A young woman moves into a Paris apartment and discovers a storage room filled with the belongings of the previous owner, a certain Madeleine who died in her late nineties, and whose treasured possessions nobody seems to want. In an audacious act of journalism driven by personal curiosity and humane tenderness, Clara Beaudoux embarks on The Madeleine Project, documenting what she finds on Twitter with text and photographs, introducing the world to an unsung 20th century figure. Along the way, she uncovers a Parisian life indelibly marked by European history.
When Clara Beaudoux moved into an apartment in Paris, she was informed that she extra storage available elsewhere in the building. Accessing the storage, she found it full of the previous tenants belongings and, with their loves ones permission, she began to explore the contents, sharing her findings on Twitter and fascinating thousands with the mementos and snapshots of a woman's life in the 20th Century. This book collects those Twitter posts, along with some additional information regarding the author's journey to meet those who knew Madeline.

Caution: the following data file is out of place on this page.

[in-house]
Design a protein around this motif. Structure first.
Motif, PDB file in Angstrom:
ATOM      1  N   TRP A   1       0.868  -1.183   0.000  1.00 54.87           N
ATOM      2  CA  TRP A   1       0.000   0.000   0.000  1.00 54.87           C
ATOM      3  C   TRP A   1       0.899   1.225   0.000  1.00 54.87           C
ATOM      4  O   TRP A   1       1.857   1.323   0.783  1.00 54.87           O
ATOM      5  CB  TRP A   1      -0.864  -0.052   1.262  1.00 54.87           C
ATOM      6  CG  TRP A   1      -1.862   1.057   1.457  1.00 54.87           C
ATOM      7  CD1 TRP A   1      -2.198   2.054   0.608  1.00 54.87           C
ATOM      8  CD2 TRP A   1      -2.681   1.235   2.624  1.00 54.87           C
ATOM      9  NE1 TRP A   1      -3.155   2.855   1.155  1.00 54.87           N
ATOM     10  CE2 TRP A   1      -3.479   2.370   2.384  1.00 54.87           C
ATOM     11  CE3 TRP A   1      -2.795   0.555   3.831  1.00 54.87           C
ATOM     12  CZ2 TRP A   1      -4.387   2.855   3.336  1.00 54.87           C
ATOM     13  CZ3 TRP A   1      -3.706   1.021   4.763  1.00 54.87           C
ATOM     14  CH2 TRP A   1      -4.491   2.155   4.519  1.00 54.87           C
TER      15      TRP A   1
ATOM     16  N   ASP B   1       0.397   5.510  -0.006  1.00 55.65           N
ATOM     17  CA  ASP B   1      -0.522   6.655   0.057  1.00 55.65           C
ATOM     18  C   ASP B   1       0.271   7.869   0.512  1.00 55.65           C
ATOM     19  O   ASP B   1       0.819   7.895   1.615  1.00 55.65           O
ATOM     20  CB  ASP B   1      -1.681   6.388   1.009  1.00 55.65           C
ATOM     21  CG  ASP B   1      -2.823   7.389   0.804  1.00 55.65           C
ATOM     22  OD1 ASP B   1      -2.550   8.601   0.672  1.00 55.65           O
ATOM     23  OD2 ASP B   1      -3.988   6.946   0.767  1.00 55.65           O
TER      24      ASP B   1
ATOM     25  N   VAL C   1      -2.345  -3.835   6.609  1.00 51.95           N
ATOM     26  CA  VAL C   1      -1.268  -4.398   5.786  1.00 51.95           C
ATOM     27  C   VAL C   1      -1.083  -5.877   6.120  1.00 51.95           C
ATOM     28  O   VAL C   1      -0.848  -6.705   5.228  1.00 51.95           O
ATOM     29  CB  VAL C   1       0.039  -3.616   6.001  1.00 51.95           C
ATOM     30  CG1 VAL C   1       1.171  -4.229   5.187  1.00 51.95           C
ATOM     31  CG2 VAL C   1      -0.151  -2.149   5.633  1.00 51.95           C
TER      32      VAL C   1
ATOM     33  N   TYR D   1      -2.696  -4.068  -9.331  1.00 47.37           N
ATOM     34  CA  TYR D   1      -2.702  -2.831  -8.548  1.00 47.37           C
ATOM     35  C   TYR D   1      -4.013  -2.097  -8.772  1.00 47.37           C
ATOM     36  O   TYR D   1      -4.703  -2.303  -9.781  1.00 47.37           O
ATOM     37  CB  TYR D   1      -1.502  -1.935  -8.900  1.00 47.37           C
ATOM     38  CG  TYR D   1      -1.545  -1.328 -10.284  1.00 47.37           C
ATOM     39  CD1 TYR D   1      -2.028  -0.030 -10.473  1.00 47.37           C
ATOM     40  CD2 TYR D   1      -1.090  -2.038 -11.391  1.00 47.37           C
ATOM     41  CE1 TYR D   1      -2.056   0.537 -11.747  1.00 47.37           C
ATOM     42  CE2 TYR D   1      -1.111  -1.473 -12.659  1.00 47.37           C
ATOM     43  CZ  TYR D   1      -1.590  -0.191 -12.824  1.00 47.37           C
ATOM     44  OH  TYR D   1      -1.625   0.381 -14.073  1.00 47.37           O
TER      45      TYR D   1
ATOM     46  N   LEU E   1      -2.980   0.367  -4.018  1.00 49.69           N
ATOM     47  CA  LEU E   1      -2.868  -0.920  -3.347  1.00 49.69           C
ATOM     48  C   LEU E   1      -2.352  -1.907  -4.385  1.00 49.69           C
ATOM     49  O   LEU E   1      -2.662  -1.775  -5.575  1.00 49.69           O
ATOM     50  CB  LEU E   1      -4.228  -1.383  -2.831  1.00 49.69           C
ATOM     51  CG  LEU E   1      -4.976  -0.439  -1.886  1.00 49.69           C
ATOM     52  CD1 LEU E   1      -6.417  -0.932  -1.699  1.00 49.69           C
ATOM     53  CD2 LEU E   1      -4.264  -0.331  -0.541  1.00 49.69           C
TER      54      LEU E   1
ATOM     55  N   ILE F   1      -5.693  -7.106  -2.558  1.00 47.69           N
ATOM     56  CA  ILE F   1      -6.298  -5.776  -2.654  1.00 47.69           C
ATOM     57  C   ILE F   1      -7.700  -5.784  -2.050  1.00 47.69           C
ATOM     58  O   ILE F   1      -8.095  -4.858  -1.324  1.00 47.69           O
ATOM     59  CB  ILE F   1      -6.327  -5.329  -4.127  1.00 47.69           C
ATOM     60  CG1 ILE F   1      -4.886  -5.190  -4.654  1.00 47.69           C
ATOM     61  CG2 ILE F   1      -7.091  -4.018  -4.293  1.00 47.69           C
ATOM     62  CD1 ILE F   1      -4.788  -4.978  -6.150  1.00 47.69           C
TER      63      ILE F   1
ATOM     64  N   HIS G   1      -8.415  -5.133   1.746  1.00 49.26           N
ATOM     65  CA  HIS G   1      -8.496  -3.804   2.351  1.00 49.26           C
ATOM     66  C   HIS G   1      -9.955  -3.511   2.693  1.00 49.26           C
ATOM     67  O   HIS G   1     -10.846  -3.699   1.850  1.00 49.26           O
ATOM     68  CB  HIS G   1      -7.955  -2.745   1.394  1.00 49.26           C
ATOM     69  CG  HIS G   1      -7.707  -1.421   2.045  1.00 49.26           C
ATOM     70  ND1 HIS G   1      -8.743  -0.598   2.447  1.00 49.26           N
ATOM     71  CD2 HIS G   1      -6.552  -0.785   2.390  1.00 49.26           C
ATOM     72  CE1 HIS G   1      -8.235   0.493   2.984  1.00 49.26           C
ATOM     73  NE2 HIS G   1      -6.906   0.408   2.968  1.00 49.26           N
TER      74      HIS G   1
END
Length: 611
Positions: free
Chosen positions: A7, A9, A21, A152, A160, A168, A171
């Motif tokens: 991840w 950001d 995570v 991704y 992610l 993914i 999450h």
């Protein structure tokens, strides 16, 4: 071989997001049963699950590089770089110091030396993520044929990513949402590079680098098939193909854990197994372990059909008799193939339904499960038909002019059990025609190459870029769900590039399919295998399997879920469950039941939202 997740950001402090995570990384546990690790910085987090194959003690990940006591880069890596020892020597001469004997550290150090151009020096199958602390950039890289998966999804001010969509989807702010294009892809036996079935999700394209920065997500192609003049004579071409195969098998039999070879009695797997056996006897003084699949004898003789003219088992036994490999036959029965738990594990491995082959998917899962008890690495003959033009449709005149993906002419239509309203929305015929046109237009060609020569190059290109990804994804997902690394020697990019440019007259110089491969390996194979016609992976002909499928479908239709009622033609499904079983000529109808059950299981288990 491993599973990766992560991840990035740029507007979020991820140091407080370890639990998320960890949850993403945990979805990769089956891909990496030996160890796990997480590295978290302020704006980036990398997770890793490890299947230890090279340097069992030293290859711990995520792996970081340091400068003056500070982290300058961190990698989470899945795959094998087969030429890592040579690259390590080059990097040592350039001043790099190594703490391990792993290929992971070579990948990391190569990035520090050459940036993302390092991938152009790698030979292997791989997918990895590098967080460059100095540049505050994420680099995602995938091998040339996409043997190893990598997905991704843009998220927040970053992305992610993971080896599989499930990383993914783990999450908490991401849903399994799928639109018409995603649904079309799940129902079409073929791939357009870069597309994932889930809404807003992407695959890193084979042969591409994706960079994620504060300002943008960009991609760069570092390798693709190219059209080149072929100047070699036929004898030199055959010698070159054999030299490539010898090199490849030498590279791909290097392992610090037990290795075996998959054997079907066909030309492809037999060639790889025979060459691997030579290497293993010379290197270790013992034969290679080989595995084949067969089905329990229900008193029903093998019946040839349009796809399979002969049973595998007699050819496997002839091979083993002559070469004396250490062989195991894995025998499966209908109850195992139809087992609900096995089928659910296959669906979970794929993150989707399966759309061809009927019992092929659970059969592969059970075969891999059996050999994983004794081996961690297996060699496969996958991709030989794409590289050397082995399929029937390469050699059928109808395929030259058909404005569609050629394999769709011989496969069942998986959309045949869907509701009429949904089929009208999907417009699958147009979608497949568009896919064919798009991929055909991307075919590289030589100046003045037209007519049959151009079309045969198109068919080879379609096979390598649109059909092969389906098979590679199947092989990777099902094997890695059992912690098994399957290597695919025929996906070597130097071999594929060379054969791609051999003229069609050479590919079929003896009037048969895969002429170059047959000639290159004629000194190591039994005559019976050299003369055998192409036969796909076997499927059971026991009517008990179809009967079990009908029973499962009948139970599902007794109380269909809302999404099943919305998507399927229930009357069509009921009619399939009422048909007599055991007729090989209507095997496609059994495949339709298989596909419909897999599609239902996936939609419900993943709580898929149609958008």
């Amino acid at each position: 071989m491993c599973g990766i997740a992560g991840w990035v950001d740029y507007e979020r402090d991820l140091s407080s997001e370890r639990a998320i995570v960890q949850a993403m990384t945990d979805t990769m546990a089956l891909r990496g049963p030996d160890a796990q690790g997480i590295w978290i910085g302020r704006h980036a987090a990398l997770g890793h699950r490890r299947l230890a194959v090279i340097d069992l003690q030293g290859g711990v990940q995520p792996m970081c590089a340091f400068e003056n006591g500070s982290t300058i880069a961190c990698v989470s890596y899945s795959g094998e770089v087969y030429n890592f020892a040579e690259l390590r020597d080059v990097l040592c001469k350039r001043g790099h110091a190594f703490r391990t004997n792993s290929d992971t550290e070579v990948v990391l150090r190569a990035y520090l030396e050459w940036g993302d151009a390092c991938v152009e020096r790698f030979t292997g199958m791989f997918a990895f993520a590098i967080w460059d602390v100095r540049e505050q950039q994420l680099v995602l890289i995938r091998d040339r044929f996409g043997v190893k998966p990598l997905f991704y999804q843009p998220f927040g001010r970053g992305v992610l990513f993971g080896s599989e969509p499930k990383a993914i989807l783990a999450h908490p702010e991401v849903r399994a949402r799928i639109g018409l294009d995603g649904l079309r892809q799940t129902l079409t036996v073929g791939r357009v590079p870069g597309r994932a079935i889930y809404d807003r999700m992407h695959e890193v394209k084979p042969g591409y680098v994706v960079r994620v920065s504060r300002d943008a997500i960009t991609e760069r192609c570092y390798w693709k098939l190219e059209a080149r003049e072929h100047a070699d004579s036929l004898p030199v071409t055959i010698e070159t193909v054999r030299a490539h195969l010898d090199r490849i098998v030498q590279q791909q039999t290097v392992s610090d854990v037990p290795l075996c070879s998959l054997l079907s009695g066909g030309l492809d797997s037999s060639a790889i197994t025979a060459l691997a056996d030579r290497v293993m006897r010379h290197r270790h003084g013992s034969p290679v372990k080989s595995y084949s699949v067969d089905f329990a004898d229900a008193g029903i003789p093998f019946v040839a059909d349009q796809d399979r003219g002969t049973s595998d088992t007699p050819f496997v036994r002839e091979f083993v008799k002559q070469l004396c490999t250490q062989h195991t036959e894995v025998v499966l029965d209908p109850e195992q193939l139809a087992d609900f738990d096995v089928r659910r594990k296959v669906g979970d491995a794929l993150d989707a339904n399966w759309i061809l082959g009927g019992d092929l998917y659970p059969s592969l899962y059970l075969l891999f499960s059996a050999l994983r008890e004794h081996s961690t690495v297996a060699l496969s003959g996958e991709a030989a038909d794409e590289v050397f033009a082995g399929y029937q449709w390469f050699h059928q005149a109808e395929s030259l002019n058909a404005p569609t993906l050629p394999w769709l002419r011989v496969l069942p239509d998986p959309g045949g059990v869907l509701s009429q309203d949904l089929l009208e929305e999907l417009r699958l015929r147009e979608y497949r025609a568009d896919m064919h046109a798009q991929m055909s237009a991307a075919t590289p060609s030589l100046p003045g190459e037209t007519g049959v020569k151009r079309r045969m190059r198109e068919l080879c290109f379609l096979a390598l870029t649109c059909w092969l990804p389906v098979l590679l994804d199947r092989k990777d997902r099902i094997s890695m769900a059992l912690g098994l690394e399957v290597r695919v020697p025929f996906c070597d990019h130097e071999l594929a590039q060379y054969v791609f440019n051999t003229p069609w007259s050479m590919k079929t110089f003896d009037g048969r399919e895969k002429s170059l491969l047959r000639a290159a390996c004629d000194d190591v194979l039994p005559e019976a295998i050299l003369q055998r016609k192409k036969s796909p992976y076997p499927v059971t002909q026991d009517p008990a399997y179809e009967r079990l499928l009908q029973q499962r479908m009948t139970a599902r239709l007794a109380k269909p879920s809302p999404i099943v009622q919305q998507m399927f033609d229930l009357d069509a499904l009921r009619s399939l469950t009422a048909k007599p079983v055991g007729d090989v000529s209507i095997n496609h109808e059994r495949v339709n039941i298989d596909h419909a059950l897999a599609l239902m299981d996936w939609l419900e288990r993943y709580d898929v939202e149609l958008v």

Telling the story through the Twitter posts is an interesting choice - it makes is a speedy read, and also a modern one - despite Madeline's story taking the reader back to the Second World War. It moved me rather unexpectedly - and the joy of using the Twitter snippets is that both the reader and the author can be genuinely surprised by new discoveries as they come along. Madeleine's life is a fascinating one, and and Beaudoux treats it with immense care and respect - the two seeming to form a friendship through the ages as the discoveries continue. Looking into the life of someone deceased is always tricky - but Beaudoux is careful never to be too intrusive - discoveries instead coming organically and with the blessings of Madeleine's loved ones - turning what could have been a ghoulish intrusion into a read that's uplifting, hopeful, and filled with a fierce kind of joy that left me smiling long after turning the pages. Many thanks to the publishers for the copy.